25 July 2015
From Uber to Amazon Mechanical Turk: nontraditional labour markets driven by technological and organisational change
Technology is a powerful driver for change in the world of labour. The objective of the third edition of the InGRID winter school is to aggregate scholars and policy-makers interested in two recent but rapidly growing phenomena: the sharing economy and crowdsourcing. More specifically, we are interested in the labour aspects of these innovation: Do they lead to a growth in the share of free-lance workers? What are the working conditions of crowdsourced workers? Do we need to adapt our definitions of labour to fit these new challenges? Do we observe a blurring of the borders between work and leisure in the sharing economy?
Given the limited knowledge on these questions, we are open to accepting different types of contributions: from theoretical work, even modelbased, to more empirical analysis, based for instance on surveys. We expect applications from a broad range of disciplines: from big-data analysts to political scientists, from economists to sociologists.
Lectures and topics
The sharing economy
Innovations like Uber and AirB&B are stirring up heated debates. These innovations, which some consider ‘disruptive’, can be analysed from many different angles: Who benefits from them? Who loses? Do they challenge our definitions of labour? Do they support or counteract the generalised trend in society towards inequality? In this session we would like to ask the pioneers of this new literature in the field of labour studies to share their views on the subject. We also welcome the view of policymakers who find themselves in the position of giving answers to these issues with very little backup from the research community.
Crowdsourcing and contests
Crowdsourcing constitutes a cheap and quicker option for outsourcing, but the phenomenon has much broader ramifications. The definition of crowdsourcing can be wide and includes experiments like Wikipedia, where the construction of an encyclopaedia is in the hands of the ‘crowd’. Here we restrict the focus to crowdsourcing of paid labour, which gives the possibility to assign a specific task – ranging from coding a web programme, to a translation or a data collection – to a worker in an unspecified location. In this session, we would like to understand the labour implications of the phenomenon, for workers in this new sector as well as for the incumbents of the traditional markets.
Are we all going to end up self-employed?
Self-employment makes a considerable contribution to the EU economy in terms of entrepreneurship and job creation. In 2014 the population of self-employed (without employees) counted almost 22 million individuals, equivalent to 9% of the European labour force. Selfemployment carries a degree of risk and vulnerability for the individual, both in the short and long run. Countries like Italy, Greece and Spain have the highest rates of selfemployment in Europe.
Can one point to evidence in the last few years or decades of an increase of such labour market arrangements? Are work experiences becoming shorter? Are they driven by technology or by institutional factors? Is the ‘one job for a lifetime’ really over? In this session, the speakers will shed light on the drivers contributing to the recent growth in self-employment and the consequences that need to be addressed by policy-makers.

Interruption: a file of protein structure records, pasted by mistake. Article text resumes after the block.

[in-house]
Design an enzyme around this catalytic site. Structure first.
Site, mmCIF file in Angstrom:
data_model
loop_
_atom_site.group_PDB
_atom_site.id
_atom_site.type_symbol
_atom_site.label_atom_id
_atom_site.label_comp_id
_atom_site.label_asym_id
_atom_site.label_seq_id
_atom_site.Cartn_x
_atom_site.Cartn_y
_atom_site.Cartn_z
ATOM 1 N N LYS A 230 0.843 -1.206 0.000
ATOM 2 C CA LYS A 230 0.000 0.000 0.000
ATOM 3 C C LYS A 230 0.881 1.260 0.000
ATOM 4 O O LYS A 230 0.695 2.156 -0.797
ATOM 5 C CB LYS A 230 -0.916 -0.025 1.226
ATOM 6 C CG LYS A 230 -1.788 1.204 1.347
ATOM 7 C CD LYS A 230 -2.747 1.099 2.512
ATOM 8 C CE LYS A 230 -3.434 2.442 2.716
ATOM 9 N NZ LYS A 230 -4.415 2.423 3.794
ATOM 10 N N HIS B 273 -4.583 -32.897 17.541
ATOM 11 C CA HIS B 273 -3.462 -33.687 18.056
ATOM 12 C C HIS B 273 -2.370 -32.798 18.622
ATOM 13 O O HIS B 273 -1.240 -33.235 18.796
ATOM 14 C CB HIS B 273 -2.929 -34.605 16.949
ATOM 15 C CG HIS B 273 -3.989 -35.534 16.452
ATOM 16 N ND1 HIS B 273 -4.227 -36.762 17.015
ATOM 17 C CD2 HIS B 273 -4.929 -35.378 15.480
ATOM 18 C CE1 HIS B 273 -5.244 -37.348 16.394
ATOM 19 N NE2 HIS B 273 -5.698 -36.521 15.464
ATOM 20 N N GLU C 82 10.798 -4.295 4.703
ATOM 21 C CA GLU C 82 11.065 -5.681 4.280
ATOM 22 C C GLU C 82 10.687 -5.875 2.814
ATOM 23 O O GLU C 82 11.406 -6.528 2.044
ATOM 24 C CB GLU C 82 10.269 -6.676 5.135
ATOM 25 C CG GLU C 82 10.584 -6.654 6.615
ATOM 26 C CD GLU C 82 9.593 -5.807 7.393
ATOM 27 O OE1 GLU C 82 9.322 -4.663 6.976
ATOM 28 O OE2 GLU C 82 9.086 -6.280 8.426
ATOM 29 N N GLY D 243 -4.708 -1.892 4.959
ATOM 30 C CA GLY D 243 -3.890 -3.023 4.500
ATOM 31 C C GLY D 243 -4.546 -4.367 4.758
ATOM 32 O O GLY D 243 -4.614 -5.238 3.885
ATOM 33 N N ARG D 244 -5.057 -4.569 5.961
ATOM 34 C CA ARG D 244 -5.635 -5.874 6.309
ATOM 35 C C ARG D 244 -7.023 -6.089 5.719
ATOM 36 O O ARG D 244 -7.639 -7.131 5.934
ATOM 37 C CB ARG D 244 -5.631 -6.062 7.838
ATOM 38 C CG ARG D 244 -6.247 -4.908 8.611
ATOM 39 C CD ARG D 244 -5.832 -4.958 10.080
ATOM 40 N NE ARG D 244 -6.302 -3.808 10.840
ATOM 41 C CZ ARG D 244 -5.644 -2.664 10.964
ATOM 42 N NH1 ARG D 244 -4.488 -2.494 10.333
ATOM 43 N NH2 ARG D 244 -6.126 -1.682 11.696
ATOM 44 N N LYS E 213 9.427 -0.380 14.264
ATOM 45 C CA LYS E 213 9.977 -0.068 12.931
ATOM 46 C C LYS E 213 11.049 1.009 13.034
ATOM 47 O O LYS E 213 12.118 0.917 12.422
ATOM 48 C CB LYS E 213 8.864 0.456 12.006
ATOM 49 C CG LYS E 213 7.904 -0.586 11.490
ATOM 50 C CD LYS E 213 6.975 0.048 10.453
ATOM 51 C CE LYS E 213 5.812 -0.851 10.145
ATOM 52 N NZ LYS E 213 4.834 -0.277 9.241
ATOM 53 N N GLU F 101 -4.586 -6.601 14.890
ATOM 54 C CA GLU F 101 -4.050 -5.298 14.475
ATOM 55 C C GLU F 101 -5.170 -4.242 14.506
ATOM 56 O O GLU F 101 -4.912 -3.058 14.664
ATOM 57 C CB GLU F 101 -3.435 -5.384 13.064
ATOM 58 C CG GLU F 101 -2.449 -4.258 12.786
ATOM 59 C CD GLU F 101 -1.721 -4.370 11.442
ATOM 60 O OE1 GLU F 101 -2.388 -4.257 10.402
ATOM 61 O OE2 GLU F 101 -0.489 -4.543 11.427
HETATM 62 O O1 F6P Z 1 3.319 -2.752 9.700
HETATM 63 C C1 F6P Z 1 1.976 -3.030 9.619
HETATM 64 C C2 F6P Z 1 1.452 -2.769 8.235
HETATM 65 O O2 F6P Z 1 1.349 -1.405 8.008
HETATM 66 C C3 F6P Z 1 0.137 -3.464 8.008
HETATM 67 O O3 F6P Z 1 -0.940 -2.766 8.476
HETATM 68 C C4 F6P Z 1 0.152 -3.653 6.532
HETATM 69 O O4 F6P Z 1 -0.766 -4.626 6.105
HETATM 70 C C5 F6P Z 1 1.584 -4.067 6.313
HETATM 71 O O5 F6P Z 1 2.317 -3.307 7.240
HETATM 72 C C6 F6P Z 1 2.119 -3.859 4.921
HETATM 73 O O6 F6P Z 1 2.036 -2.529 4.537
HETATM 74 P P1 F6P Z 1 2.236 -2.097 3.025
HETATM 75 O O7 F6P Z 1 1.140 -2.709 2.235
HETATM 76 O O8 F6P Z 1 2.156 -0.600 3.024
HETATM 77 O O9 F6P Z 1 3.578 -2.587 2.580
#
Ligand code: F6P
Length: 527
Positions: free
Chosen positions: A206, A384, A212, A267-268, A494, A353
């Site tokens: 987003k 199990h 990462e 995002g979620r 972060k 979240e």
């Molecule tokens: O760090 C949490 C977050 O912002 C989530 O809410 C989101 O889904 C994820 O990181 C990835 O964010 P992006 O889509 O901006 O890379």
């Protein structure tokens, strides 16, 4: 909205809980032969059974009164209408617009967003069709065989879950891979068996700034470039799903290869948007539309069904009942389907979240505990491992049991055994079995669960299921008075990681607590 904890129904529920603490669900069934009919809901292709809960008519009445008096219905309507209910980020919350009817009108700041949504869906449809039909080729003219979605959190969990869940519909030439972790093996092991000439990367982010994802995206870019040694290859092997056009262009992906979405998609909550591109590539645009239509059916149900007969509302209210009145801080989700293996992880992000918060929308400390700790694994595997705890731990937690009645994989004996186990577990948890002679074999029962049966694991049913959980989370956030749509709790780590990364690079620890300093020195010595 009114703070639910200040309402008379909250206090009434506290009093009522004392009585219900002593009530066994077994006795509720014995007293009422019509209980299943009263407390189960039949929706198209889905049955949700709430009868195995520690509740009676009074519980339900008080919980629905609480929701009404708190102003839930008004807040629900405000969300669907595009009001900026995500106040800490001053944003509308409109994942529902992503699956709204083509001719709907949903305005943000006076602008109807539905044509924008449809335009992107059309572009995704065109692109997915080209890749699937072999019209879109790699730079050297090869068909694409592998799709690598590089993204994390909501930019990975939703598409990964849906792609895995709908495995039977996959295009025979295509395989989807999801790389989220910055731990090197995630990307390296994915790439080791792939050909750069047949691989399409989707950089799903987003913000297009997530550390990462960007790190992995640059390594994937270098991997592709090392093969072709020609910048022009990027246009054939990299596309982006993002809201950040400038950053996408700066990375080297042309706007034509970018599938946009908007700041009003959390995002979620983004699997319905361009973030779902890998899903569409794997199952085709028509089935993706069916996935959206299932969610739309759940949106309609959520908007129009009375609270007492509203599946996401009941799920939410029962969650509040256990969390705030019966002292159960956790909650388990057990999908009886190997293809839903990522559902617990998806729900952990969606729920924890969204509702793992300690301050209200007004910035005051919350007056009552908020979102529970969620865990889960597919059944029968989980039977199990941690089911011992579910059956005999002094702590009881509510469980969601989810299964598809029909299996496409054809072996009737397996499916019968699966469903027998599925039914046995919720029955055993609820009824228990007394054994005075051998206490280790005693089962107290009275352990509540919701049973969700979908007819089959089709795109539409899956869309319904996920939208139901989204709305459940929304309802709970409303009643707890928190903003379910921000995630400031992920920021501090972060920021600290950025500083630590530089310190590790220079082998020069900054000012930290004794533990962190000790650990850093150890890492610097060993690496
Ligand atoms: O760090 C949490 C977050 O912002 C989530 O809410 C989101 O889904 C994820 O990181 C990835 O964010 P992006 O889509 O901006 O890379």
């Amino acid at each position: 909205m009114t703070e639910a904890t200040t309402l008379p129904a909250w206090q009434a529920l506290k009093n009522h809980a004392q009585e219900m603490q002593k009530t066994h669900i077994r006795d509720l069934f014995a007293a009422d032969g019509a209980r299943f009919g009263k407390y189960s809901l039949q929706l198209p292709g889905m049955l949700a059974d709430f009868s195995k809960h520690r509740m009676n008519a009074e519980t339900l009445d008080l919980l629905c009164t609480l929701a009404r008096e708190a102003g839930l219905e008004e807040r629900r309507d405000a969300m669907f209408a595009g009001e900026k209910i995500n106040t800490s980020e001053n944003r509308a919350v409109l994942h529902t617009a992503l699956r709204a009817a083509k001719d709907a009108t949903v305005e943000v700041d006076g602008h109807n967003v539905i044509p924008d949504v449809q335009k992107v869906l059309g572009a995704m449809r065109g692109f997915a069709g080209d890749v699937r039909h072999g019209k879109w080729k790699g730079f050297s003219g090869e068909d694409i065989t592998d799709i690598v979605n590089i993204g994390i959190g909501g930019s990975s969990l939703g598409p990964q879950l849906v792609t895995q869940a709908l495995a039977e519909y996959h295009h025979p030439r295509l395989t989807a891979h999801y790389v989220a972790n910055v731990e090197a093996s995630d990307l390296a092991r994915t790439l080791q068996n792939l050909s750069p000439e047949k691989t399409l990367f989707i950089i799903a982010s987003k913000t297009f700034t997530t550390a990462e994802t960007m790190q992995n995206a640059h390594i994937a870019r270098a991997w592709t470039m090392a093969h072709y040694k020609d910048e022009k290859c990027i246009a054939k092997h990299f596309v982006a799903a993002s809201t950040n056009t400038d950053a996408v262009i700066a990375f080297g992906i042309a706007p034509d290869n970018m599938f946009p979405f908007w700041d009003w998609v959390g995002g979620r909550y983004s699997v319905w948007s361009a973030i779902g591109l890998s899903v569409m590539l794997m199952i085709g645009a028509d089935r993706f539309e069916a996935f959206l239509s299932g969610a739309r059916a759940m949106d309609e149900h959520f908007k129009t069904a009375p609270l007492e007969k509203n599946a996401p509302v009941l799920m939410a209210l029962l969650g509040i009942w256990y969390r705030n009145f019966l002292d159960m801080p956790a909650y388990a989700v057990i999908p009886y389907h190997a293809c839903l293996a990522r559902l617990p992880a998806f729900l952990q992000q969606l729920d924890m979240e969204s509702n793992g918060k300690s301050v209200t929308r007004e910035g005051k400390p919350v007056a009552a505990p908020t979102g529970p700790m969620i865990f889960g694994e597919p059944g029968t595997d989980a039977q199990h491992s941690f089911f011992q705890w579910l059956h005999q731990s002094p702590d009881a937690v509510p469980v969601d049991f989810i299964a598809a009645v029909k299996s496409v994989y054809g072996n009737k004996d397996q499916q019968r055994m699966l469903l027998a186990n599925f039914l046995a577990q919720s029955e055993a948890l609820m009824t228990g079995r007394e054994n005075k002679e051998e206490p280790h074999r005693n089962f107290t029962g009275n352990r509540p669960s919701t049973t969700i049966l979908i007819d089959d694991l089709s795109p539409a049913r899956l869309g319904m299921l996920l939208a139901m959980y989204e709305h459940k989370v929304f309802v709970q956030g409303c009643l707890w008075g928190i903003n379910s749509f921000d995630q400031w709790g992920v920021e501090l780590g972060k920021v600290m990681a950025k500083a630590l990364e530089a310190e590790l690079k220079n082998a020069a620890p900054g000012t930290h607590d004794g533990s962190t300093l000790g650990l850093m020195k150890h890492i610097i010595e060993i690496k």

Employment and technological change
Technological developments, from big data to cloud computing, have fundamentally changed the workplace. Nevertheless, the extent to which workers participate in these changes varies immensely from one situation to another. The trend towards specialisation has the effect of increasingly fragmenting the workplace, sometimes replicating the power relationships observed in the ‘Fordist’ economy of previous generations, but magnified by the pressure towards new forms of work organisation. The increased specialisation also means that the useful knowledge, vital for mastering the new technologies is concentrated within a few privileged individuals, while the majority are reduced to the status of easily replaceable workers.
Who can apply?
The winter school is aimed at policy makers and practitioners, PhD students and early-stage researchers.
Policy-makers and practioners should:
have experience or interest in challenges related to the topics of the winter school and;
be prepared to present a policy report or discuss how and why inequality matters/does not matter in their policy programme.
be enrolled in a PhD programme, or have completed a PhD or hold a postdoctoral fellowship;
have experience or an interest in undertaking interdisciplinary research on social inclusion and inequality and;
be prepared to present a paper or poster during the event.
Candidates for the winter school should complete the online application form before 15 September 2015, including a short motivation note. Participants coming from academia are also expected to submit the abstract of a paper or research task related to inequality and social mobility. In case of policy-makers and practioners, applicants will be asked to send an abstract or a short presentation of a report/policy programme they are willing to present.
Applications will be evaluated by CEPS, Stockholm University and HIVAKU Leuven. Candidates will be informed whether or not they have been accepted to this session of the InGRID winter school no later than 9 Octobre 2015.
Participation to the school is free of charge, and participants may be eligible for reimbursement of travel and subsistence costs. More information is available here.
Participants are expected to attend the full length of the event. Participation is subject to InGRID’s terms and conditions for InGRID summer/autumn/winter schools.
EUR 0: No fee - travel reimbursement and reimbursement of accomodation costs